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There has been a 50% rise in open source vulnerabilities, according to a study from platform provider WhiteSource.
According to the State of open source security vulnerabilities report, more than 55% of reported open source vulnerabilities in 2019 were classified as “high” or “critical” severity, which WhiteSource said affected IT teams’ ability to prioritise vulnerability remediation.
The study found that the number of disclosed open source software vulnerabilities in 2019 skyrocketed to exceed 6,000. The research, which uses the WhiteSource database, is based on reported vulnerabilities, combining vulnerability reports from the US National Vulnerabilities Database (NVD), security advisories, peer-reviewed vulnerability databases and open source issue trackers.
While 45% of reported open source vulnerabilities are not initially reported to the NVD, many end up being published in the database months after being reported in other resources, WhiteSource warned.
Its research found that only 29% of all open source vulnerabilities reported outside of the NVD are eventually published in it. Only 84% of known open source vulnerabilities appear in the NVD. Information about vulnerabilities is not published in one centralised location, rather scattered across hundreds of resources, and sometimes poorly indexed – often making searching for specific data a challenge. In the report, WhiteSource warned: “Users are not always able to benefit from the community’s efforts.”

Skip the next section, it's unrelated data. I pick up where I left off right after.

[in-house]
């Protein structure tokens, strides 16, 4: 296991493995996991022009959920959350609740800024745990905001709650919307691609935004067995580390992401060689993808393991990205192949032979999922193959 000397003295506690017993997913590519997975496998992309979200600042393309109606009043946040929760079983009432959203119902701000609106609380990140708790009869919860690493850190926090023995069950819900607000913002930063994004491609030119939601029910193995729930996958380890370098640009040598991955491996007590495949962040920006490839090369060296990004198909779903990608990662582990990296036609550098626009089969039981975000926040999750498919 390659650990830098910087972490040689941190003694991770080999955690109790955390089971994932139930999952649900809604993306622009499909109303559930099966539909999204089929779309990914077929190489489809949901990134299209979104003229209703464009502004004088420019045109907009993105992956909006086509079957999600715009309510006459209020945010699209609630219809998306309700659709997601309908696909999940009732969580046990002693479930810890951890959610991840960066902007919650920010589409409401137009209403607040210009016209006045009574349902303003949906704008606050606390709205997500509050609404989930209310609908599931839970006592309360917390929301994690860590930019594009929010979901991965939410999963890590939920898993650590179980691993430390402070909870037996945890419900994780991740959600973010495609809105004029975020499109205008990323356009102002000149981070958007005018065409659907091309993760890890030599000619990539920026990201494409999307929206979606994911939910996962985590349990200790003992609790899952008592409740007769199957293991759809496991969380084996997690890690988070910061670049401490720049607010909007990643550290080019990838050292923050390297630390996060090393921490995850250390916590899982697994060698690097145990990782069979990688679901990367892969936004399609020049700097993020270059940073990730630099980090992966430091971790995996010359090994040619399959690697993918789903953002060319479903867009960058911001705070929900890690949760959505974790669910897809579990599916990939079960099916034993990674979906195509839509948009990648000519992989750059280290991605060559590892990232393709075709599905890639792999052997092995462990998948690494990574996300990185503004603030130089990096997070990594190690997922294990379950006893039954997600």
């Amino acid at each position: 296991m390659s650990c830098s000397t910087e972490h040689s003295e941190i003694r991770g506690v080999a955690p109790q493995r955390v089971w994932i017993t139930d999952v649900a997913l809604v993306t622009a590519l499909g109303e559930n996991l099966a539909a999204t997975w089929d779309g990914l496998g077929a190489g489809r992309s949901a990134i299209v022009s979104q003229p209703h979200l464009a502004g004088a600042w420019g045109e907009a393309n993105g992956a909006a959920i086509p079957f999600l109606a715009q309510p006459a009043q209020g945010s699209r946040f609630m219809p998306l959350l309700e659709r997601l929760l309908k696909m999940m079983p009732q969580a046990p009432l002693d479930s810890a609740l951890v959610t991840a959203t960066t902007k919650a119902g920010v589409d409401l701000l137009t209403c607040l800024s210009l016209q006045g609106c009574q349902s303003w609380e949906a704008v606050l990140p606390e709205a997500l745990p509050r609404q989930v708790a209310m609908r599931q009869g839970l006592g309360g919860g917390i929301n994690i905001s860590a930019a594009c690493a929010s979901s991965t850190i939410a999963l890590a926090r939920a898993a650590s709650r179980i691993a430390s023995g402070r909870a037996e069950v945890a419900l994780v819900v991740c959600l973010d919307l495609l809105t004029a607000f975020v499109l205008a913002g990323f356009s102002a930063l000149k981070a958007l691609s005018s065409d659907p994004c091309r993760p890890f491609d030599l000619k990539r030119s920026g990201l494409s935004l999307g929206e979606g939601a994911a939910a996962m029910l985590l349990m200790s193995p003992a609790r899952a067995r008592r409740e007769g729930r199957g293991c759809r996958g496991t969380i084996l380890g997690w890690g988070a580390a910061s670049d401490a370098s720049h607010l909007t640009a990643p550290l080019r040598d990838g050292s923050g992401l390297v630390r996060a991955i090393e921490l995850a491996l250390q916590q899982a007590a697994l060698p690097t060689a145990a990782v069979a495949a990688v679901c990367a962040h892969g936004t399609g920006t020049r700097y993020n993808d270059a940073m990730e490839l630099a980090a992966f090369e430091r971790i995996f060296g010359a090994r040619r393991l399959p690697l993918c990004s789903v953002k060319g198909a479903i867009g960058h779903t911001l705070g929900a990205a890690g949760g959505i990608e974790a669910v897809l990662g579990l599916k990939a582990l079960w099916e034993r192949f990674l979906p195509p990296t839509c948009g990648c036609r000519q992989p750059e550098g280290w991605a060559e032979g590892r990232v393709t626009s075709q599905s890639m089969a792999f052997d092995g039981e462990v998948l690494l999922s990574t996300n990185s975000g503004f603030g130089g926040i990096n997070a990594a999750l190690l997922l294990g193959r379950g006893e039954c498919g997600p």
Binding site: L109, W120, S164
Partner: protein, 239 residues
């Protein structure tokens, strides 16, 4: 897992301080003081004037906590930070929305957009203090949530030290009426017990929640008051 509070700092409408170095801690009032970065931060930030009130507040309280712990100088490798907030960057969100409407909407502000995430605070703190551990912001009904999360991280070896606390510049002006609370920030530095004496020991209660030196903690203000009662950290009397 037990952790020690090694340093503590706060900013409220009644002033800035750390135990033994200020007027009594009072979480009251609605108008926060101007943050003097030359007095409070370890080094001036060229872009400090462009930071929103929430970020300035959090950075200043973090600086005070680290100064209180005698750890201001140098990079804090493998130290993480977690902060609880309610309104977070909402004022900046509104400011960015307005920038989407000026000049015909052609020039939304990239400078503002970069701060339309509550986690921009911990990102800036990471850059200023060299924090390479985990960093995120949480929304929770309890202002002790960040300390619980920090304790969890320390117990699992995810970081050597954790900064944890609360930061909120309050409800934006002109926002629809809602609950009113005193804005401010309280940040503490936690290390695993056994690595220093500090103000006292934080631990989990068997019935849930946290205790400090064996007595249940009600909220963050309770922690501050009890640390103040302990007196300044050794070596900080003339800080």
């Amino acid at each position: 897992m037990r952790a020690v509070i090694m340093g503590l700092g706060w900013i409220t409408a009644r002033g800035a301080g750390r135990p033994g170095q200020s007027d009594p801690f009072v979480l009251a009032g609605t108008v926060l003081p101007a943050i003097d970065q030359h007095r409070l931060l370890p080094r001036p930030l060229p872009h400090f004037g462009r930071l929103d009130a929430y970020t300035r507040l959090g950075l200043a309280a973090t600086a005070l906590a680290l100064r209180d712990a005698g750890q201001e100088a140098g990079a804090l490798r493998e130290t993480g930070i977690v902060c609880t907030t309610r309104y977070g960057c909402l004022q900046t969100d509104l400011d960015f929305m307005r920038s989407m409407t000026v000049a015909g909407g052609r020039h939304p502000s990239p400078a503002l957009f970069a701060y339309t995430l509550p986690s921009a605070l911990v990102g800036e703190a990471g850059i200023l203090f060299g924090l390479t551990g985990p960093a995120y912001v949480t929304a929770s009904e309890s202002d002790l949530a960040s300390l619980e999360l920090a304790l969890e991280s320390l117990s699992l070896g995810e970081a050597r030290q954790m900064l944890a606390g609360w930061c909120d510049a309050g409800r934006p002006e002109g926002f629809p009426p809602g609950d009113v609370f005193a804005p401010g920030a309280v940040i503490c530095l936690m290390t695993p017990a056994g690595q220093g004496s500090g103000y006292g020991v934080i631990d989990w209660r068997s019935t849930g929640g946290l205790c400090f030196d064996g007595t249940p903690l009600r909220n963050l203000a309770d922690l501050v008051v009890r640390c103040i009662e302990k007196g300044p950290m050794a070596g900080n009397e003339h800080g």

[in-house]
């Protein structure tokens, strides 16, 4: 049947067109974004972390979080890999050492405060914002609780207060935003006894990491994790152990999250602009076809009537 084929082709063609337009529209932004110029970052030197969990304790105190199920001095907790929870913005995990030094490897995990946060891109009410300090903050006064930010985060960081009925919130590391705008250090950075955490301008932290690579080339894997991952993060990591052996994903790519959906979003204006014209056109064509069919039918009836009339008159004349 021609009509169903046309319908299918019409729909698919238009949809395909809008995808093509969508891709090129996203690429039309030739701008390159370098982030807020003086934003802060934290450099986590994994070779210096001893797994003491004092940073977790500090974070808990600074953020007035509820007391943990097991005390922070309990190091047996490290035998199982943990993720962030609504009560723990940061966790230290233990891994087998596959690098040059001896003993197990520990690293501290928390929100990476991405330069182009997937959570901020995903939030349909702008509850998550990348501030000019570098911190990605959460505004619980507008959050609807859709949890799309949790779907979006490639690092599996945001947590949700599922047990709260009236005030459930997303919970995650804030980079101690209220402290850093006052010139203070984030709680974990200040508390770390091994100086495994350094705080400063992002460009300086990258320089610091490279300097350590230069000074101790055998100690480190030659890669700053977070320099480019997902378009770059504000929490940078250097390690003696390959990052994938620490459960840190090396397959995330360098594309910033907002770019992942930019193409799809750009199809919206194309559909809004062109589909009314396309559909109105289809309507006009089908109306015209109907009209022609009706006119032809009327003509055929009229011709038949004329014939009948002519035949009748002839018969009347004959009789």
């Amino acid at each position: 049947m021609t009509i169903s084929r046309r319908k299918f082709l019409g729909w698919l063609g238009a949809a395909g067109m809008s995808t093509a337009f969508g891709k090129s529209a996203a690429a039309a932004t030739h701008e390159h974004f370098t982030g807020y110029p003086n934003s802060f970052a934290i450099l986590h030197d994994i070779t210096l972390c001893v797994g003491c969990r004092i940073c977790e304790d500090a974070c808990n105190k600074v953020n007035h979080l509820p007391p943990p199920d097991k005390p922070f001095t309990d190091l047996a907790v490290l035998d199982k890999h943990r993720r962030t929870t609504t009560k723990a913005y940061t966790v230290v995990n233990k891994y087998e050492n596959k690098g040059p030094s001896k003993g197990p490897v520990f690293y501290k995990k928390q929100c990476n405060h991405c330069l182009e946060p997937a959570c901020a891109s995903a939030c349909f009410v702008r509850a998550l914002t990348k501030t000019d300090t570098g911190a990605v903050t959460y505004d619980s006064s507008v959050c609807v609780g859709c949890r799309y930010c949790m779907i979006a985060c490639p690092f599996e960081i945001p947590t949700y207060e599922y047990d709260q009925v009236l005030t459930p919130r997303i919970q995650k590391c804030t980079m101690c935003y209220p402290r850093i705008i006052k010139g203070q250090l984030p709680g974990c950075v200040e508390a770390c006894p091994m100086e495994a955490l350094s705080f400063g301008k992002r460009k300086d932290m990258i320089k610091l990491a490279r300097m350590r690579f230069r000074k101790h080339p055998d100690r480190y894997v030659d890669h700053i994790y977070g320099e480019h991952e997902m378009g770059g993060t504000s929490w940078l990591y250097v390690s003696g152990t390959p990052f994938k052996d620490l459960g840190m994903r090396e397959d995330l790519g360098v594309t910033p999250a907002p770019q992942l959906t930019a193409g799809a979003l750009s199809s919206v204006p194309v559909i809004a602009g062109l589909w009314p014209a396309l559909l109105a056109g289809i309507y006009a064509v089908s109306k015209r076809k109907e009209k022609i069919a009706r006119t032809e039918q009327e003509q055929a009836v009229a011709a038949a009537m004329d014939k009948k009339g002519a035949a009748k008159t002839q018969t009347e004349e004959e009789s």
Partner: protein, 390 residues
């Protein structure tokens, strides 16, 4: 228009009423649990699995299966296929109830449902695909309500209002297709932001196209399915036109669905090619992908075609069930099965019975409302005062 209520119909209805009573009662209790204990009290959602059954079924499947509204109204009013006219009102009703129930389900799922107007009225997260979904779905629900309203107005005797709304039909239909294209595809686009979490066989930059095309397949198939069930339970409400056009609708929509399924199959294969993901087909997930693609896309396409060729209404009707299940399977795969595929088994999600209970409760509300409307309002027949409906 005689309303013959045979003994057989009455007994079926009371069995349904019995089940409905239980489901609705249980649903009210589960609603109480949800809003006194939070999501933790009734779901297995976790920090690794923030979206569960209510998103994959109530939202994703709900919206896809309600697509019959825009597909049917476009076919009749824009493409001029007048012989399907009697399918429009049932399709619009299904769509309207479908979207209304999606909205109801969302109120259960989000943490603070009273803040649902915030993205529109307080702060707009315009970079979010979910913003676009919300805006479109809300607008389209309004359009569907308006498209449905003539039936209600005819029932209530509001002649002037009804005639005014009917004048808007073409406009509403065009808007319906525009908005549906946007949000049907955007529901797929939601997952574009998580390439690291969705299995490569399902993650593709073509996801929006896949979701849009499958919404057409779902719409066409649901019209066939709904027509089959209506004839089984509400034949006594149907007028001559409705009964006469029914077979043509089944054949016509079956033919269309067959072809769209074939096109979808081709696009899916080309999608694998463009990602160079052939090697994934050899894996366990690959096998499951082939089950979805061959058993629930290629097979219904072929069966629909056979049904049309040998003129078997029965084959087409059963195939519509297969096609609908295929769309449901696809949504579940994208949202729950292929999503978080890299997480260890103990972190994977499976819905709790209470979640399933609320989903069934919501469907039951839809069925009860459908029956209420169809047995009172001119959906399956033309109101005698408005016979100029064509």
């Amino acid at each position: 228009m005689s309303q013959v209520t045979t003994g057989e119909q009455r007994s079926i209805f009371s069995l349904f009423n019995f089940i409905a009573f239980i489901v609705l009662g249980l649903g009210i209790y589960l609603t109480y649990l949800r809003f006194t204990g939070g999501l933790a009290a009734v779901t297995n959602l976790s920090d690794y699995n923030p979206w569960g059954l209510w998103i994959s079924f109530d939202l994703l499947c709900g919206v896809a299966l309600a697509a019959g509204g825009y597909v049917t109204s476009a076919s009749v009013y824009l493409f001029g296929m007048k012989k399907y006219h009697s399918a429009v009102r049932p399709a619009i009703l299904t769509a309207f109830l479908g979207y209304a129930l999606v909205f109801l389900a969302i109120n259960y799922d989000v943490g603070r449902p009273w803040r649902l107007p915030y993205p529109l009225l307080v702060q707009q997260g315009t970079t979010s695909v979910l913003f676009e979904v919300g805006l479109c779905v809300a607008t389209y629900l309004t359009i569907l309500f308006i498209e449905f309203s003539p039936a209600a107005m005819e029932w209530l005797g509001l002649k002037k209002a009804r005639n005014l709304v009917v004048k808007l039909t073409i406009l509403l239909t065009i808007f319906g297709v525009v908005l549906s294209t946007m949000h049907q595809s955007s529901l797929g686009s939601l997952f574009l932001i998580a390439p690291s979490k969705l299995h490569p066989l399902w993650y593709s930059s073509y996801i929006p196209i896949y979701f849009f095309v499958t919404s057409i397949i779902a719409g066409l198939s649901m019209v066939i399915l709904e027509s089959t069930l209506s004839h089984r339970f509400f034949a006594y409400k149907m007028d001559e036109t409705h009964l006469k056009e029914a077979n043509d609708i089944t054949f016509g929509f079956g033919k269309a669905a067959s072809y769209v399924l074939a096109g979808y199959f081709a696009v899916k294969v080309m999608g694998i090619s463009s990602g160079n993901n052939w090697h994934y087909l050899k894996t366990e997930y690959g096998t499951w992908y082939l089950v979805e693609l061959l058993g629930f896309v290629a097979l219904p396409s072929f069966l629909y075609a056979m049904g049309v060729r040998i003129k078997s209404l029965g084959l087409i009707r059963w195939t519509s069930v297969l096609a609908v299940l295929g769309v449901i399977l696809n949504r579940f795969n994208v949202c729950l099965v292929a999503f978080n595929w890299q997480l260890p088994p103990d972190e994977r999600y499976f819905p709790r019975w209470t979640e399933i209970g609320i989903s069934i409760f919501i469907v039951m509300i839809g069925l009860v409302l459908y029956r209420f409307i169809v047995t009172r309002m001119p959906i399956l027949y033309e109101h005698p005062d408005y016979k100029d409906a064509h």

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One of the positive developments in security reporting, according to WhiteSource, is GitHub’s embedded disclosure process, which it said could encourage open source projects to properly report vulnerabilities, rather than just push a fix.
“Having the maintainers themselves report vulnerabilities should also lead to higher-quality metadata, like affected versions and fixed-in version, as opposed to if a third party reported the problem,” WhiteSource stated in the report.
Safest way to program
The study found that of the most popular programming languages used for open source projects, C had the highest number of vulnerabilities. WhiteSource reported the proportion of reported vulnerabilities in open source C projects rose from 30% in 2018 to 47% in 2019. Python was found to have the lowest proportion of vulnerabilities of the top seven languages used in open source development, with 6% of Python-based open source projects reporting code vulnerabilities.
In the report, WhiteSource said: “C still has the highest percentage of vulnerabilities due to the high volume of code written in this language. However, the numbers are continuously trending down because other languages are also becoming popular.”
The study found that PHP’s relative number of vulnerabilities rose significantly from 15% in 2019 to 23% in 2019, even though there was no evidence to suggest it was gaining in popularity.
WhiteSource also reported that CWE-79 (Cross-Site Scripting), CWE-20 (Improper Input Validation) and CWE-200 (Information Exposure) were the top three Java, JS, PHP and Python vulnerabilities.
The study found that Cross-Site Request Forgery (CSRF) and SQL Injection were among the top 10 risks in 2019. “This might be due to an increase in the volume of open source web projects developed, and it might indicate that web vulnerabilities are on the rise and something we should be mindful of when coding,” said WhiteSource.
WhiteSource urged users of open source projects to be aware of the security risks and make sure to keep open source code dependencies up to date.
“Open source components have become an integral part of our software projects. The open source vulnerabilities landscape might seem complex and challenging at first, but there are ways to gain visibility and control over the open source components that make up products,” the company stated.